THE HOLE in the SKY.

 The destruction of ozone by chemical

pollution threatens our planet!

Writes: Myles Harris.

* * * * *

FOR MANY YEARS NOW, (1987), our scientists in the Antarctic have been paying particular attention to the density of the ozone layer, a huge condensation of gas in the upper atmosphere that protects us from the harmful effects of sunlight. Fears had been expressed that it might be the first of the atmospheric gases to crumble under the strain of pollution.

Ozone is known to be particularly vulnerable to the constituents of aerosol sprays, refrigeration fluids, fire extinguisher propellants, industrial solvents and the gases used to expand polystyrene in such products as egg boxes and fast-food cartons.

Substances, known as CFCs, used in the manufacture of these products contain chlorine in a harmless form. They are very light and when released into the air float up into the ozone layer. There, under the action of sunlight, the chlorine is released. One part of raw chlorine will destroy 100,000 parts of ozone.

Losing the ozone layer, ecologists say, would expose the surface of the planet to a considerable rise in the amount of ultra-violet light coming from the sun. Not only would this produce an increase in skin cancers and cataracts in humans but also a partial destruction of the world’s vegetable and aquatic life.

While there is some debate as to how serious the latter effects might be, what is in no doubt is the effect of such gases on the world’s temperature.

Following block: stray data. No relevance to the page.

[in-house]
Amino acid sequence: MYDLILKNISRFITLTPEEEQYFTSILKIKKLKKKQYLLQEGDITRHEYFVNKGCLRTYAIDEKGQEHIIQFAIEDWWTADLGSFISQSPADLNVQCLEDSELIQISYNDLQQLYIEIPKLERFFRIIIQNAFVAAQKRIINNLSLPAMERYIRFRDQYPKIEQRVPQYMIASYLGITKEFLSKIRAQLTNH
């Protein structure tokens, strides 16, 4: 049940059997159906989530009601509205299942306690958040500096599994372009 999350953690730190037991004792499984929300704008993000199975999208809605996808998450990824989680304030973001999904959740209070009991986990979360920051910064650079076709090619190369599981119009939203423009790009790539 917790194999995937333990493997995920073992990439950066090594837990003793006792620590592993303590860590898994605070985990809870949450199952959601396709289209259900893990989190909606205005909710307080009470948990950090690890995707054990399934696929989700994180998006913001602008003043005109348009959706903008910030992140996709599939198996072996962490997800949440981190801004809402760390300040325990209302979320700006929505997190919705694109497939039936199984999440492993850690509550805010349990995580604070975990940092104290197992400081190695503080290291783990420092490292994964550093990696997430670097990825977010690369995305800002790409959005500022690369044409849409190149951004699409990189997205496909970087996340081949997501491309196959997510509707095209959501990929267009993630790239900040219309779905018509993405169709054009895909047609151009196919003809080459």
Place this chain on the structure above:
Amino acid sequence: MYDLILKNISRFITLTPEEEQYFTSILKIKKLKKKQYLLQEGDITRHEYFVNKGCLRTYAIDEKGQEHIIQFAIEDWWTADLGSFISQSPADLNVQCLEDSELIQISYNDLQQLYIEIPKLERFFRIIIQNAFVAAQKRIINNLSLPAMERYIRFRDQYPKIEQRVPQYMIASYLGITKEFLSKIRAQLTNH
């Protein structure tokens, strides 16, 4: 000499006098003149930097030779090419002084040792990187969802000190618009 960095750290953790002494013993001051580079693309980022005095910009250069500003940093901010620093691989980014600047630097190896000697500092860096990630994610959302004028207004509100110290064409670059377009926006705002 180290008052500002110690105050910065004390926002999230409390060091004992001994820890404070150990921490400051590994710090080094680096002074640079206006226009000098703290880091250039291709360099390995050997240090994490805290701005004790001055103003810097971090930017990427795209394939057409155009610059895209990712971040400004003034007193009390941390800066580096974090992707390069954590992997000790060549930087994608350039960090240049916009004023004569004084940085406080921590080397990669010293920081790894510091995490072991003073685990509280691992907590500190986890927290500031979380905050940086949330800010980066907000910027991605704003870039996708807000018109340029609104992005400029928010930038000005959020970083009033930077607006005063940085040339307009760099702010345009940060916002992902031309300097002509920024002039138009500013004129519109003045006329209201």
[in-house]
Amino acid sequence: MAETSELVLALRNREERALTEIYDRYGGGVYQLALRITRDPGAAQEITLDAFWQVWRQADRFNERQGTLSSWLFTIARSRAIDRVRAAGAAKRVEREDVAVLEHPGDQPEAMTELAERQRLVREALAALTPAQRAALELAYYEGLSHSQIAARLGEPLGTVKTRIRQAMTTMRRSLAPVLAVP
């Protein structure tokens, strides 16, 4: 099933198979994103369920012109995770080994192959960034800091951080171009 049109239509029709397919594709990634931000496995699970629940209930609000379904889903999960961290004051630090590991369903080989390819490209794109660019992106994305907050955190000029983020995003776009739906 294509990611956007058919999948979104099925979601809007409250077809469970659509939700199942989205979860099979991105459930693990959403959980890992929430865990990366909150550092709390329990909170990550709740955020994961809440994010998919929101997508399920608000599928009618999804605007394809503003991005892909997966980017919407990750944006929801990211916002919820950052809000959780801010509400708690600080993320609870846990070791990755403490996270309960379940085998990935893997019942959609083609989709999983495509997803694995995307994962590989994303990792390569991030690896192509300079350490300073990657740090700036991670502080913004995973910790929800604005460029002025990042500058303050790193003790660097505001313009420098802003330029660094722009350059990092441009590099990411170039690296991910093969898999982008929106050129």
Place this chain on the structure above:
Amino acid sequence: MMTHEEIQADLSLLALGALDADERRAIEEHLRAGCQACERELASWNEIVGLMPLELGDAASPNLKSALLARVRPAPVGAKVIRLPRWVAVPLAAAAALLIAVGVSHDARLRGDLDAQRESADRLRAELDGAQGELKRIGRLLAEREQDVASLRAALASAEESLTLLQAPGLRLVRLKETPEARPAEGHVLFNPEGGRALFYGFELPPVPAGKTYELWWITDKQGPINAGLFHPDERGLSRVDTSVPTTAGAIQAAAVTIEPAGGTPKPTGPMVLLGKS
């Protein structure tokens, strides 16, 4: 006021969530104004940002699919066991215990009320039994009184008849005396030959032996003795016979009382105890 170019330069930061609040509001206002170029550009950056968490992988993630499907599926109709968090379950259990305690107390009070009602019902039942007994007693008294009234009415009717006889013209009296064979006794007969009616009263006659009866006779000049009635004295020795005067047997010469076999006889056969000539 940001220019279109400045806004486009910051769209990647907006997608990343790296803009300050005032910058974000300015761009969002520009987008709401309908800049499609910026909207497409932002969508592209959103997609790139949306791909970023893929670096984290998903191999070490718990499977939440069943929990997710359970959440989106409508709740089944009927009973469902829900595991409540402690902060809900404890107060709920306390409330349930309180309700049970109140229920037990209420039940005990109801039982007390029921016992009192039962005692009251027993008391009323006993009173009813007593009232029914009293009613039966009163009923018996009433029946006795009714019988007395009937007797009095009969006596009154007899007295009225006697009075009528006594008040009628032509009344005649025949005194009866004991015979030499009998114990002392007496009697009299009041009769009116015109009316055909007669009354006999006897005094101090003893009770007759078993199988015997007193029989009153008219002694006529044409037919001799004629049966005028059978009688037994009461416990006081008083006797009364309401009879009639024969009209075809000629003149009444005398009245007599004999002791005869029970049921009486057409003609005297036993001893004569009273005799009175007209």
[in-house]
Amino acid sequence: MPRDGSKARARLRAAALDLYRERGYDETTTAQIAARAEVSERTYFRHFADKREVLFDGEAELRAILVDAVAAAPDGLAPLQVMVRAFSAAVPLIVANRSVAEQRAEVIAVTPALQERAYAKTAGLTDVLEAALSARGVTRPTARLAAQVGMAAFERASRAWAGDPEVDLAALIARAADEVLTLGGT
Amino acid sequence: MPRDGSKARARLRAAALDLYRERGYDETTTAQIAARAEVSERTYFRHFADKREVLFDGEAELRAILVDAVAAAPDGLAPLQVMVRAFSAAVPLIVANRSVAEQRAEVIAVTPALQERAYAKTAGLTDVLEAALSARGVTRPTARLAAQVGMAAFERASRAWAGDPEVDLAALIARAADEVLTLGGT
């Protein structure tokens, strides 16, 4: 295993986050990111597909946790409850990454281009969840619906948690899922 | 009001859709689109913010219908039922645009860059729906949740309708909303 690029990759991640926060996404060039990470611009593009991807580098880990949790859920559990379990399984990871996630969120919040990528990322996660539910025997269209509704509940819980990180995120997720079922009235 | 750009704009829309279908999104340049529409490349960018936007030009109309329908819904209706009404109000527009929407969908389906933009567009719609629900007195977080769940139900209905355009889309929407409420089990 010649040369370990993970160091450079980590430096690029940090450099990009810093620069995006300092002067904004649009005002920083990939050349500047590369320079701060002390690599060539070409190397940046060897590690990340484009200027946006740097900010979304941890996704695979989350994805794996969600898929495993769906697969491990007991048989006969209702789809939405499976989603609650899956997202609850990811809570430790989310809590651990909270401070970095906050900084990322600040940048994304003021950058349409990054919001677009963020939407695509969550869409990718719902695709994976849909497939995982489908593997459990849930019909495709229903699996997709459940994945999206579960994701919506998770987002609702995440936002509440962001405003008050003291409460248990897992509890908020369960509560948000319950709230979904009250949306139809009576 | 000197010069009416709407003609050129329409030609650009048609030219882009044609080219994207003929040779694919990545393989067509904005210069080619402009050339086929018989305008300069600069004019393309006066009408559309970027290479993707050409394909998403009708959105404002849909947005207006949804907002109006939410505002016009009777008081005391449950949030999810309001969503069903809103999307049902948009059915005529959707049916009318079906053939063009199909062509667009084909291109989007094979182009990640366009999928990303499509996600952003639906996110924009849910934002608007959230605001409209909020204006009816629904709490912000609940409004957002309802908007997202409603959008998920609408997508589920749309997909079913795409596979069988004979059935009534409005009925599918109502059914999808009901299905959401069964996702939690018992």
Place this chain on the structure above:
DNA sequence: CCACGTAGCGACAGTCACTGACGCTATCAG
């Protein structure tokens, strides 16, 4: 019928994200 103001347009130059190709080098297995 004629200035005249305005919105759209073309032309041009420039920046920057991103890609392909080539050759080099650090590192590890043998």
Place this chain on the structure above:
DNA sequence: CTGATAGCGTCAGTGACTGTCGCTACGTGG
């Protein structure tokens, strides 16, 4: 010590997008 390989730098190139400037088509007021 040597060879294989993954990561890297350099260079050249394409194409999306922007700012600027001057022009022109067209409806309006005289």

As well as the destructive effect of chlorone , CFCs possess 100,000 times the insulating properties of the normal constituents of air, and should they reach the upper atmosphere in appreciable amounts they would, in effect, wrap an extra blanket around the earth.

In 1975 the Americans, reacting to the mention of their biggest tribal bogey, cancer, banned the most obvious source of these poisons, aerosols. But they did nothing about a whole range of other products. The average air-conditioned car, for instance, spills two pounds of chlorine into the upper atmosphere each year, while the crushing of a hamburger carton releases millions of tiny balloons of toxic waste into the air.

The other major producer, the British, probably scandalised by the thought of air-conditioned cars, formed a Stratospheric Research Advisory Committee.

As it turned out, American fears were unfounded.

Between 1957 and 1979 the density of the ozone layer remained, within minor limits, so constant that interest was largely lost. After a few years the Stratospheric Committee was allowed to die in one of the upper rooms of the Department of the Environment and the Americans, thinking they had better things to do with their 20-million-dollar Nimbus satellite, reset its chemical nose to measure more exciting things than low concentrations of ozone.

But, down on the southern ice cap, scientists of the British Antarctic Survey saw no reason to change their time-honoured routines. In meteorology you need patience. With instruments invented in 1931 they went on taking measurements over the pole. Even the name of the instrument they used, the famous Dobson spectrophotometer, relegated the whole business to a world of Ovaltine, wireless and Winnie the Pooh.

This was British science at its best — underfunded, socially divided and rather working class. The more these chaps are starved of money, you could almost hear the Sir Humphreys of the Treasury saying over their sherry, the harder they’ll try.